The protests were, at least initially, over economic troubles, not against the Islamic Republic as such, but to chant “Death to the dictator” is getting quite close to calling for an end to the Islamic regime. Before the Islamic Revolution of 1979, Iran was a Western-oriented, relatively secular regime, and there is no reason why it could not be again.
“The people are begging, the clerics act like God.” Well, yes. As I explain in my book The Complete Infidel’s Guide to Iran, the Ayatollah Khomeini established the Islamic Republic according to the principle of velayat-e faqih (guardianship of the jurist). Islam, Khomeini argued, had not just given mankind a set of laws, but also “an executive power and an executor.” He declared that Allah “has laid down a particular form of government together with executive and administrative institutions.” Khomeini argued that clerical rule, which many dismissed as an unacceptable innovation in Islam, was mandated by the example of Muhammad himself, whom the Qur’an declared to be the supreme model for Muslims (33:21): “The Most Noble Messenger (peace and blessings be upon him) headed the executive and administrative institutions of Muslim society. In addition to conveying the revelation and expounding and interpreting the articles of faith and the ordinances and institutions of Islam, he undertook the implementation of law and the establishment of the ordinances of Islam, thereby bringing into being the Islamic state.”
Khomeini concluded that “the fundamental difference between Islamic government, on the one hand, and constitutional monarchies and republics, on the other, is this: whereas the representatives of the people or the monarch in such regimes engage in legislation, in Islam the legislative power and competence to establish laws belongs exclusively to God Almighty.”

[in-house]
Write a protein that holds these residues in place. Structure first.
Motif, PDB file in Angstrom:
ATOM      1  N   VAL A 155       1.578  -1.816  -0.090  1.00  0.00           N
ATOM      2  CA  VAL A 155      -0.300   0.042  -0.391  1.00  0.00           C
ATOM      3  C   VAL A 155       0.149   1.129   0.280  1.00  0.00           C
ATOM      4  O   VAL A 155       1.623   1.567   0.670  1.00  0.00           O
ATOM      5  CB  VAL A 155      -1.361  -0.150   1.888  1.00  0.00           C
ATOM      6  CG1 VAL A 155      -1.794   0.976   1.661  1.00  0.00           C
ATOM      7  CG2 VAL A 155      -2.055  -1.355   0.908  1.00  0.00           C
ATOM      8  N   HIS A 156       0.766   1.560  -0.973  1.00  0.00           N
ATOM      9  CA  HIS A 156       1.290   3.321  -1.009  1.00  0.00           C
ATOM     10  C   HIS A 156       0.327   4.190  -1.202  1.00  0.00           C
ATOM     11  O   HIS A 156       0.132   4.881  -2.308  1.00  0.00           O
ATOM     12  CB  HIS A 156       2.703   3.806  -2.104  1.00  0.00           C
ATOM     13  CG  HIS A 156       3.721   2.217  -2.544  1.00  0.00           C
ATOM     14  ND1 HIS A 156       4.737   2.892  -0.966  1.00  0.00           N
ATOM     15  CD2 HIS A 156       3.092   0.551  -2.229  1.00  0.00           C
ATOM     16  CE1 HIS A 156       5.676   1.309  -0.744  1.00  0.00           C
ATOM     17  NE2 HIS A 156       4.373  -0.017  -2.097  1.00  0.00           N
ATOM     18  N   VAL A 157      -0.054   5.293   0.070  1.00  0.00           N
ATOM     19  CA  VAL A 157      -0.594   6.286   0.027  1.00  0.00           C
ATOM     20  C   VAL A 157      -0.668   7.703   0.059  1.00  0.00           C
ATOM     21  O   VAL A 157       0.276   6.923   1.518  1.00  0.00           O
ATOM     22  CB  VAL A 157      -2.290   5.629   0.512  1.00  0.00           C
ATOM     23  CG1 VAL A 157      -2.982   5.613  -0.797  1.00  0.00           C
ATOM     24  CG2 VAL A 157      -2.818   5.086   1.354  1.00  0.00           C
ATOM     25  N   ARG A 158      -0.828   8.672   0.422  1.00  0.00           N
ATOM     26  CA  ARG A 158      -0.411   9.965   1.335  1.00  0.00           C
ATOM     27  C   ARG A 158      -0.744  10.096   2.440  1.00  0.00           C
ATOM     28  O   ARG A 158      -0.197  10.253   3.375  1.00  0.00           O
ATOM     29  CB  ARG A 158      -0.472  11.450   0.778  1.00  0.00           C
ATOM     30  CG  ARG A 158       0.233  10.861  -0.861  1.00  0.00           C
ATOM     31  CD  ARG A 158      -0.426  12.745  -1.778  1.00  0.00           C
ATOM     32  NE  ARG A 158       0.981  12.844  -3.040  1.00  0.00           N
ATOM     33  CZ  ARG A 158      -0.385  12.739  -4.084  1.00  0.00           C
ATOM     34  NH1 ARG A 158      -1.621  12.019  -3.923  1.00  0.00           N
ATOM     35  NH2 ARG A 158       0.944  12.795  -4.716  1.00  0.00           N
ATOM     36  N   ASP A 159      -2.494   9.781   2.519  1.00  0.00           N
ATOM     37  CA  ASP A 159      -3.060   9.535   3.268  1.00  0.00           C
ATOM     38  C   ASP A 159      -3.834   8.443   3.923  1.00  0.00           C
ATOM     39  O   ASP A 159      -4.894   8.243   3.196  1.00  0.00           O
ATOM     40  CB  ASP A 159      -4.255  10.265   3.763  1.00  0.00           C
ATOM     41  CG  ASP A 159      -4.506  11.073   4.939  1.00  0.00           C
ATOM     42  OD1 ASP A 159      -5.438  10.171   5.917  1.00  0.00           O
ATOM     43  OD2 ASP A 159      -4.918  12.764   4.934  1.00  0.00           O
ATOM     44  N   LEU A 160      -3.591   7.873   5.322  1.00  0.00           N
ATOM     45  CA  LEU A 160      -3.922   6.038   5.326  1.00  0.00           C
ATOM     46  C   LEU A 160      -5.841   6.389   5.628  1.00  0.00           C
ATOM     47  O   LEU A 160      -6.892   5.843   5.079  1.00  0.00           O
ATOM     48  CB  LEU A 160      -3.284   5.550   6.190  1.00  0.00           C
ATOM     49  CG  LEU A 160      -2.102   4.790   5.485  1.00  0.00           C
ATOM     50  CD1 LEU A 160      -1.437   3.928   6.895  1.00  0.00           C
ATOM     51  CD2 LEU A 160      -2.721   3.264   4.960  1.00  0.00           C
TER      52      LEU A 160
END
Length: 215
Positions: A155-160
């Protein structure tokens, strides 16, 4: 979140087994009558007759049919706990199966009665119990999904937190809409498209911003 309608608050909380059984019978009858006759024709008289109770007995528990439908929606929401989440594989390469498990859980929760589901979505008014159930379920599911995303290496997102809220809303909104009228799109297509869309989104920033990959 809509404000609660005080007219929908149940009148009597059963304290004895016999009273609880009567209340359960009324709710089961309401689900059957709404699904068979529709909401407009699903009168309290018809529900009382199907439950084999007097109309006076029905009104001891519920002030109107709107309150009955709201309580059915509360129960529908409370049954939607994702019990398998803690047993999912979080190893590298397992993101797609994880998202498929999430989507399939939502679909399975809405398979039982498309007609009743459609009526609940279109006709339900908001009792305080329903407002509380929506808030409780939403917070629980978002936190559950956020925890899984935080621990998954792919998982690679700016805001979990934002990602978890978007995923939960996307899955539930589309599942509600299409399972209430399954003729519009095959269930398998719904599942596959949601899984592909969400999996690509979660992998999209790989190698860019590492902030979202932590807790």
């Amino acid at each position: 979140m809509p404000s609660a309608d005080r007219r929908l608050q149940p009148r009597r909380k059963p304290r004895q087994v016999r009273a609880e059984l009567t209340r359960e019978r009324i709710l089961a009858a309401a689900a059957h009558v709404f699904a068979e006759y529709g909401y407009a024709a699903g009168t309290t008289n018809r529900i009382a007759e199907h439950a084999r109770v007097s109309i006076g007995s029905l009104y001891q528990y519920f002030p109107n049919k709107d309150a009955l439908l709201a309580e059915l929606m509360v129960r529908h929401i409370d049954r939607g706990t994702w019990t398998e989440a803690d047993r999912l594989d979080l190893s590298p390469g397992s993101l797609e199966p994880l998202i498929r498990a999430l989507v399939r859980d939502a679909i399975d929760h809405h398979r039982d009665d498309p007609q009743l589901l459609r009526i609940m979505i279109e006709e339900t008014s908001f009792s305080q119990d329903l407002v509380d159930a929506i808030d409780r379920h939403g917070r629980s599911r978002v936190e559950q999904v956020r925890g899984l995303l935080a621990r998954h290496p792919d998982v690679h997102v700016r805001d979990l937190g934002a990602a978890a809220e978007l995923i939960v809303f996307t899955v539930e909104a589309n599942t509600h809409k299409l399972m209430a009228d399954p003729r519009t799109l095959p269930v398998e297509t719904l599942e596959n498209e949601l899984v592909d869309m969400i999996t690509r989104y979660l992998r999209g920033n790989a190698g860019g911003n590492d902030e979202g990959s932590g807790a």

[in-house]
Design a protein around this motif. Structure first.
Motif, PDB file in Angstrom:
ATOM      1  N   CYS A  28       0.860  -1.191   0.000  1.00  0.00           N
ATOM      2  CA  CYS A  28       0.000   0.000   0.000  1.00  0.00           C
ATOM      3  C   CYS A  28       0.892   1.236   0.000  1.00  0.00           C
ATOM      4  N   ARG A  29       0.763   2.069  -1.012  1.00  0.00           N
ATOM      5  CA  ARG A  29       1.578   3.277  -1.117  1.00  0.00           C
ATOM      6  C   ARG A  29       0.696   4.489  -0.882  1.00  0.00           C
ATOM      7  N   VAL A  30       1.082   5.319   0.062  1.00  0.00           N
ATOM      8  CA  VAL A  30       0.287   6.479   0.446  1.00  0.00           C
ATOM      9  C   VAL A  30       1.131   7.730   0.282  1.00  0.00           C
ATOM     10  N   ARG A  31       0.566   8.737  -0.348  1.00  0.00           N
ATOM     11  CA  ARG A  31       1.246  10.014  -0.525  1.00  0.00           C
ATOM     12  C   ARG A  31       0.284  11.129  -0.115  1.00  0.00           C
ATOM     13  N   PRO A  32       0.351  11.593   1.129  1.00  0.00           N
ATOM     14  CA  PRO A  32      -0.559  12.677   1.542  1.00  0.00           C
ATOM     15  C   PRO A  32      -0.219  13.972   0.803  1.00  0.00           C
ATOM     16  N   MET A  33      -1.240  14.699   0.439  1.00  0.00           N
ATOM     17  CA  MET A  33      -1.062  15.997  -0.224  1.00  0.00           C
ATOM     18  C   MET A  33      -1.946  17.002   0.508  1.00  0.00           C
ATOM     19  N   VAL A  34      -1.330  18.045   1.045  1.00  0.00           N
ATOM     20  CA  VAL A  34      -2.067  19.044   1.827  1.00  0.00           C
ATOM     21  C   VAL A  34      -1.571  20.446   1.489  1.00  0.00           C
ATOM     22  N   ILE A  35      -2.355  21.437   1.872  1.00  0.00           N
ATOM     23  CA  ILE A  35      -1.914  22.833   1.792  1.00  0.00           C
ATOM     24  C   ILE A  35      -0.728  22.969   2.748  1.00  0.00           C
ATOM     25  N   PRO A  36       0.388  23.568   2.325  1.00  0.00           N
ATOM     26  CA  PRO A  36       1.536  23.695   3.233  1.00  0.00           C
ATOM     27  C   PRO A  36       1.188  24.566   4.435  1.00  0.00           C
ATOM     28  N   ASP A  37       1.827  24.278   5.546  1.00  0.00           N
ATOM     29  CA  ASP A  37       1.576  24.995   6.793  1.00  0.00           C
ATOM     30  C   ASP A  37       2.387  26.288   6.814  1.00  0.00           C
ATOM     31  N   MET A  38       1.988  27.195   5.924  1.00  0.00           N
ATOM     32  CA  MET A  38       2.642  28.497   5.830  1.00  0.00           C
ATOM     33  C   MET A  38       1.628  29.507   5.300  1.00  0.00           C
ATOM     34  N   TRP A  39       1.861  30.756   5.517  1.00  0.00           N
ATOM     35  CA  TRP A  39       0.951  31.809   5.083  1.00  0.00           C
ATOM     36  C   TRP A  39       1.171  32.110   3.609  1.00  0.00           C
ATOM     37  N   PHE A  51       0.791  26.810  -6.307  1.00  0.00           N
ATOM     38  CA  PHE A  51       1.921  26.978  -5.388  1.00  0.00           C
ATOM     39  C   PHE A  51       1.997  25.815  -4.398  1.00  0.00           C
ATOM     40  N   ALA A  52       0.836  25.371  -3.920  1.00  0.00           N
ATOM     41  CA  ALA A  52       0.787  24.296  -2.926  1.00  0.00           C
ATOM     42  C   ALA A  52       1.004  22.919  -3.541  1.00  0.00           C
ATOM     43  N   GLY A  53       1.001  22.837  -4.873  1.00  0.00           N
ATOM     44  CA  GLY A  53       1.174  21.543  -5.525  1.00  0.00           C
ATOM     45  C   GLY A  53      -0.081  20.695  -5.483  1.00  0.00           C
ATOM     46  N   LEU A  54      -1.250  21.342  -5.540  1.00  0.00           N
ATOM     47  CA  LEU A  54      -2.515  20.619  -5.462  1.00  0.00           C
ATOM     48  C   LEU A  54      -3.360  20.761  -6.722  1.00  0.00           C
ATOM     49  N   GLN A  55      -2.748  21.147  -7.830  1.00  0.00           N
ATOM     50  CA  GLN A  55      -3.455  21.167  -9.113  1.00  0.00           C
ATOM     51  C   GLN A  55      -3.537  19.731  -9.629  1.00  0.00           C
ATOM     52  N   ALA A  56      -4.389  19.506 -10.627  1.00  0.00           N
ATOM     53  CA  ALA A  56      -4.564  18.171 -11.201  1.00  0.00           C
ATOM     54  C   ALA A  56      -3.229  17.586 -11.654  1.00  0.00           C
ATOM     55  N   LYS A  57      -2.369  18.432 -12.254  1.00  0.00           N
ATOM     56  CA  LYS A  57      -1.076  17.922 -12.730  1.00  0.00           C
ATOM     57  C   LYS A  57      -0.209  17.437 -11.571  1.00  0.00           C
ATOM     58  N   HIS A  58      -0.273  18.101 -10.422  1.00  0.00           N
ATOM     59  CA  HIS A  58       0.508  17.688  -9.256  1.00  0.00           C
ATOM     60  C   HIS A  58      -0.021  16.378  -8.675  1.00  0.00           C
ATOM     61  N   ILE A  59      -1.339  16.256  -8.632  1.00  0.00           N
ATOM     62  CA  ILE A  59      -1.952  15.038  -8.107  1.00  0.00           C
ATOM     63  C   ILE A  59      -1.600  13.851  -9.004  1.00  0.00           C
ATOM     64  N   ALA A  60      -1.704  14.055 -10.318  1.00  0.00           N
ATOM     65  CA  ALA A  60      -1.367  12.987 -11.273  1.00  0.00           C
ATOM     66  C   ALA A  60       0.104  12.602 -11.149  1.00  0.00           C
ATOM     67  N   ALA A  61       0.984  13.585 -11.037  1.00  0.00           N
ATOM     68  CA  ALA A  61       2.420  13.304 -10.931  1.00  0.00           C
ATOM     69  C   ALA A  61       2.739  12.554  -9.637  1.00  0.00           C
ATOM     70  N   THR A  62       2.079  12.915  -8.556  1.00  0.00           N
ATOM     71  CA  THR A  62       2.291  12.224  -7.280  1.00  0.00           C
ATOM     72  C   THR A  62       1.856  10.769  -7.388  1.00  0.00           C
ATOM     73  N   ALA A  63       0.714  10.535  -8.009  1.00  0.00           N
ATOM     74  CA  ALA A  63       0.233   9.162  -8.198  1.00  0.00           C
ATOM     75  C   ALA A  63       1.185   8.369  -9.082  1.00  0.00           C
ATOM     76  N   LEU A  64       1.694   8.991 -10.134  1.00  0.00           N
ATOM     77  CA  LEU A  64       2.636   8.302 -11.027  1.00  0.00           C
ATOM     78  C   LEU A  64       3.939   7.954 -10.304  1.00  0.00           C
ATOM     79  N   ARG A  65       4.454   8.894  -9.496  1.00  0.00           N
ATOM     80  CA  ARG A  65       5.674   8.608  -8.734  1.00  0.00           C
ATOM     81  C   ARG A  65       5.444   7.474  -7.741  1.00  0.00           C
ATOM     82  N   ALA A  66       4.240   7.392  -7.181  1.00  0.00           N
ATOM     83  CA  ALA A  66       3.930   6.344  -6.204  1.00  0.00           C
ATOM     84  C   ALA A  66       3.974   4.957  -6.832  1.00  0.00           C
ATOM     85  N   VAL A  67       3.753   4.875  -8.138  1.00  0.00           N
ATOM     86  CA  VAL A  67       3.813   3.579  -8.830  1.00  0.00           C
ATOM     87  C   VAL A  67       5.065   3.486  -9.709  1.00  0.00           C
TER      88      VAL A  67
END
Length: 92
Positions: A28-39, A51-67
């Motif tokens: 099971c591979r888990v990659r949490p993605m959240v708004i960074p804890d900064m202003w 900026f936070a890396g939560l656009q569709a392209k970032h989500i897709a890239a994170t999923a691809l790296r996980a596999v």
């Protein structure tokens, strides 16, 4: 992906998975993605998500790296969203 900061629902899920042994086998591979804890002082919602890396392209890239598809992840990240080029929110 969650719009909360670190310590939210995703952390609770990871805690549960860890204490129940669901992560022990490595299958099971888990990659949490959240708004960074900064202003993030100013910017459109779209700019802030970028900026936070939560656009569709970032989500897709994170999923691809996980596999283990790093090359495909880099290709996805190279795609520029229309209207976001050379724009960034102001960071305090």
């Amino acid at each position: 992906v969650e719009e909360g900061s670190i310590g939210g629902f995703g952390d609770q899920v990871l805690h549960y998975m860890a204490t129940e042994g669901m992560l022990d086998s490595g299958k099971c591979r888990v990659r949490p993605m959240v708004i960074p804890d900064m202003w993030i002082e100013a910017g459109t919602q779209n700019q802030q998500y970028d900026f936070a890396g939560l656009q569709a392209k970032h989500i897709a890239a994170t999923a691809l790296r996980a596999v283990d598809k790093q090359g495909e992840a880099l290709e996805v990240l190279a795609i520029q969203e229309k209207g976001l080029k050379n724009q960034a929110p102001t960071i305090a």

The mullahs in Tehran, in sum, do act like God. We can only hope that their bloody rule will soon come to an end.
“Iran: Anti-Regime Protests Erupt Across the Country as Protesters Chant ‘Death to the Dictator,’” by Callum Paton, Newsweek, December 29, 2017:
Anti-government protests have erupted in cities across Iran, including the capital, Tehran, with reports of arrests as riot police were deployed to disperse the demonstrations.
BBC Persian reported that protests, which decried deteriorating economic conditions and corruption in the Islamic Republic, also were held in the cities of Isfahan, Kermanshah, Rasht, Qom, Sari and Hamedan.
In Kermanshah, where the largest demonstrations took place on the second day, protesters shouted slogans against Iranian leader Ayatollah Khamenei, and in other cities they shouted “death to the dictator” and called for an end to ongoing Iranian involvement in regional conflicts in Iraq and Syria.
Police fired tear gas and used water cannons to break up the large-scale protests in Kermanshah’s Azadi Square, descending on the gathered crowds with batons and riot shields. The BBC reported arrests had been witnessed but did not give specific numbers.
Kermanshah, in northwestern Iran, was rocked by deadly earthquakes last month that killed 600. The widespread death and destruction in the area close to the country’s western frontier with Iraq has been blamed on poor building regulation, particularly in public housing projects.
Iran’s strictly controlled state media reported a total of 300 demonstrators gathered in the city, characterizing the protests a “call by the anti-revolution.” The country’s semiofficial FARS news agency, cited by Reuters, reported that some public property was destroyed in the demonstrations.
Protests spread Friday following demonstrations in Iran’s second-largest city of Mashhad Thursday, where at least 52 people were arrested. Videos uploaded to social media showed the demonstrators shouting, “The people are begging, the clerics act like God.”…